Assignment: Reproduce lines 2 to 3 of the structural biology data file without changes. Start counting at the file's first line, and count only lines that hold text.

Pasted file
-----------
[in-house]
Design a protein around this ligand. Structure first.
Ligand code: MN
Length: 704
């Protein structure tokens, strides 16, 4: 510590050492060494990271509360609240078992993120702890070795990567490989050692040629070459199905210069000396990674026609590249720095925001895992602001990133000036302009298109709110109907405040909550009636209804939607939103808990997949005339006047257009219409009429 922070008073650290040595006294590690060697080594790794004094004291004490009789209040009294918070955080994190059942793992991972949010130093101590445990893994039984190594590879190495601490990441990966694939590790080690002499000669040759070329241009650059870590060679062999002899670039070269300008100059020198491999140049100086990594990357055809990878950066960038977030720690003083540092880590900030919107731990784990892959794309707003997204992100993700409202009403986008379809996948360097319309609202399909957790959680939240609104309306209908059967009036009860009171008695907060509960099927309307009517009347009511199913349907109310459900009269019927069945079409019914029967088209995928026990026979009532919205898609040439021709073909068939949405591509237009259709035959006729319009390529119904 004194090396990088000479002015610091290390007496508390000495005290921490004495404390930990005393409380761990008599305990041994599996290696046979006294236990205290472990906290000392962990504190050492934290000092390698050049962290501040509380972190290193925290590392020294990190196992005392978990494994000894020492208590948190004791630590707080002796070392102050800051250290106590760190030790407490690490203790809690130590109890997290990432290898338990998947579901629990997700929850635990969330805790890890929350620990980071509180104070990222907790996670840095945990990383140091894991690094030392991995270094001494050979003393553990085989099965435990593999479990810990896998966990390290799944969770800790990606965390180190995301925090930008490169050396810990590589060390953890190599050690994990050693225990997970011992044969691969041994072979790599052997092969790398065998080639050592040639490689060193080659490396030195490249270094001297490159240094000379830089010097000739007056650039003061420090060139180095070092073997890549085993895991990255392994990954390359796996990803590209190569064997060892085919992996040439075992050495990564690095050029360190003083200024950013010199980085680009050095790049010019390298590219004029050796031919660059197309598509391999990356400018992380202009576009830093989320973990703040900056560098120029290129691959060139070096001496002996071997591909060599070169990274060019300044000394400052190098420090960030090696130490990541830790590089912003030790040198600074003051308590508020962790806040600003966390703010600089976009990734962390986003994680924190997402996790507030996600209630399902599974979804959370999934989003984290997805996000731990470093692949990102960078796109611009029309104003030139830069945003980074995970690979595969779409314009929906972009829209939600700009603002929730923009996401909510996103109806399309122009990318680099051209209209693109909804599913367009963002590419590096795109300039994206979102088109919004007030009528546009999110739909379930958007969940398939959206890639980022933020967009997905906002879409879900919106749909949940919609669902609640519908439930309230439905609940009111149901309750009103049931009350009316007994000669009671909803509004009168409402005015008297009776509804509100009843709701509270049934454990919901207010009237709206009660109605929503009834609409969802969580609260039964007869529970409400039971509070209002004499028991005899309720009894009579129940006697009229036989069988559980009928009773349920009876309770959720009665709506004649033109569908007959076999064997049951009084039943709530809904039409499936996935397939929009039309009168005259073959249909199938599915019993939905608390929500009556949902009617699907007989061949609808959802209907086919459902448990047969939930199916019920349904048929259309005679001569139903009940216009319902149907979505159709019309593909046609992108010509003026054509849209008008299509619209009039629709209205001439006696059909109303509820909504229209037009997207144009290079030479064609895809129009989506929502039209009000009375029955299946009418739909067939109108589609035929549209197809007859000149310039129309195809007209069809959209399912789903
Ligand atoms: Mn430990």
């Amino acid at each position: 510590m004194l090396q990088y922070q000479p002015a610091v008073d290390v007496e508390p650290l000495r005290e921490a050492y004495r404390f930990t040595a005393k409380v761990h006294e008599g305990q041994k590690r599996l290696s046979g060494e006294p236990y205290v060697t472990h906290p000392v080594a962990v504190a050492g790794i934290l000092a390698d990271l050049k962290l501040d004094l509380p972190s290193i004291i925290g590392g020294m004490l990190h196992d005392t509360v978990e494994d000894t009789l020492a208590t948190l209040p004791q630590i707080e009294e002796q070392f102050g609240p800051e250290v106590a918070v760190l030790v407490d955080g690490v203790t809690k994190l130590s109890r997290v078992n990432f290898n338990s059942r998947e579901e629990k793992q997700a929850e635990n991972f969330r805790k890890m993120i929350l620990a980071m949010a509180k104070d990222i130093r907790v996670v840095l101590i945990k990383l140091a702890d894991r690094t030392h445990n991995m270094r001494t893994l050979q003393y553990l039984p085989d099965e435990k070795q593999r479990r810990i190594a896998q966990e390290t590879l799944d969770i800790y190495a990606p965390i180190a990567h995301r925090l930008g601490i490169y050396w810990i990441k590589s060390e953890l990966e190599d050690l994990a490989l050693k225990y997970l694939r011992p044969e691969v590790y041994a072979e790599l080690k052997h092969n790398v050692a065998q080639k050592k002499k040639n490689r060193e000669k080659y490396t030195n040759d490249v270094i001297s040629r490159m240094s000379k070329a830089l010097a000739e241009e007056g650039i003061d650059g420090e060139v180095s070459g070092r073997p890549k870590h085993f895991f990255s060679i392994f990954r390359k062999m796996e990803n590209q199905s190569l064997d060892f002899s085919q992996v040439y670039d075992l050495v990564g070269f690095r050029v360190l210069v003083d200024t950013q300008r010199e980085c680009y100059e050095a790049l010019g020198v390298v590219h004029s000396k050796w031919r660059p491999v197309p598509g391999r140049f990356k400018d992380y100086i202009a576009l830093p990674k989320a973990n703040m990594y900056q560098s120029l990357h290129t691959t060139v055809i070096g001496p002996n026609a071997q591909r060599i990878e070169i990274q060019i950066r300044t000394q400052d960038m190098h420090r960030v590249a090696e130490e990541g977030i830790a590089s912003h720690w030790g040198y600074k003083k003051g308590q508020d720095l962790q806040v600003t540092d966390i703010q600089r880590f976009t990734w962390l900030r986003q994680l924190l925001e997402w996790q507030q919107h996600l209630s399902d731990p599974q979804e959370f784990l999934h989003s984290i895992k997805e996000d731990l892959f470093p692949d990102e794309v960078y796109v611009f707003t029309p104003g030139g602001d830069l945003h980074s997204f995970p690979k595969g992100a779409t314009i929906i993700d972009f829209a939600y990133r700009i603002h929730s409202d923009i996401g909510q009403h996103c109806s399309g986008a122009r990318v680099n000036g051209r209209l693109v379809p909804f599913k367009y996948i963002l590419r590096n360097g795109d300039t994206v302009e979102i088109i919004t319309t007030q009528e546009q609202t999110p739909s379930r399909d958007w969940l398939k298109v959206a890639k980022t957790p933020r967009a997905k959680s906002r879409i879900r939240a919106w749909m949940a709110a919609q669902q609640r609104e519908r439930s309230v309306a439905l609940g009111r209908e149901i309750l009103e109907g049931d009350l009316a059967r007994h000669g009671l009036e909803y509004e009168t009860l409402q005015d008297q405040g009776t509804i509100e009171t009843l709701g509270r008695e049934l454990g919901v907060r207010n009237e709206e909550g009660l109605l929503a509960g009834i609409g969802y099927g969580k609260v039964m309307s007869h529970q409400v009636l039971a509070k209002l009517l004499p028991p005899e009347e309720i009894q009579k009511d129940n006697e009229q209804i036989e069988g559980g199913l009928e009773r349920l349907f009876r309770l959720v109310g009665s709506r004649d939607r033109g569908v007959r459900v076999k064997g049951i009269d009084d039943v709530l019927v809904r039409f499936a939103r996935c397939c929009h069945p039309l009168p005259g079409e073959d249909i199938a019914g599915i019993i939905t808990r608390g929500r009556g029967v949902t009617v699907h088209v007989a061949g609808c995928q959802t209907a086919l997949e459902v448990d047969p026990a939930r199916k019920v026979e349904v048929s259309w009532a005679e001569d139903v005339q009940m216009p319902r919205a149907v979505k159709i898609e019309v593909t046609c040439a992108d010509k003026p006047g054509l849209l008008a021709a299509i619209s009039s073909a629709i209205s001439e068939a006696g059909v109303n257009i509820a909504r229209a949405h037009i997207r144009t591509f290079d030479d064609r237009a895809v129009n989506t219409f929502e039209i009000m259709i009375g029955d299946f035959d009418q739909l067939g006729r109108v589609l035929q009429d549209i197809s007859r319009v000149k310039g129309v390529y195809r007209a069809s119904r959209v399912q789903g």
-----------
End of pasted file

Design a protein around this ligand. Structure first.
Ligand code: MN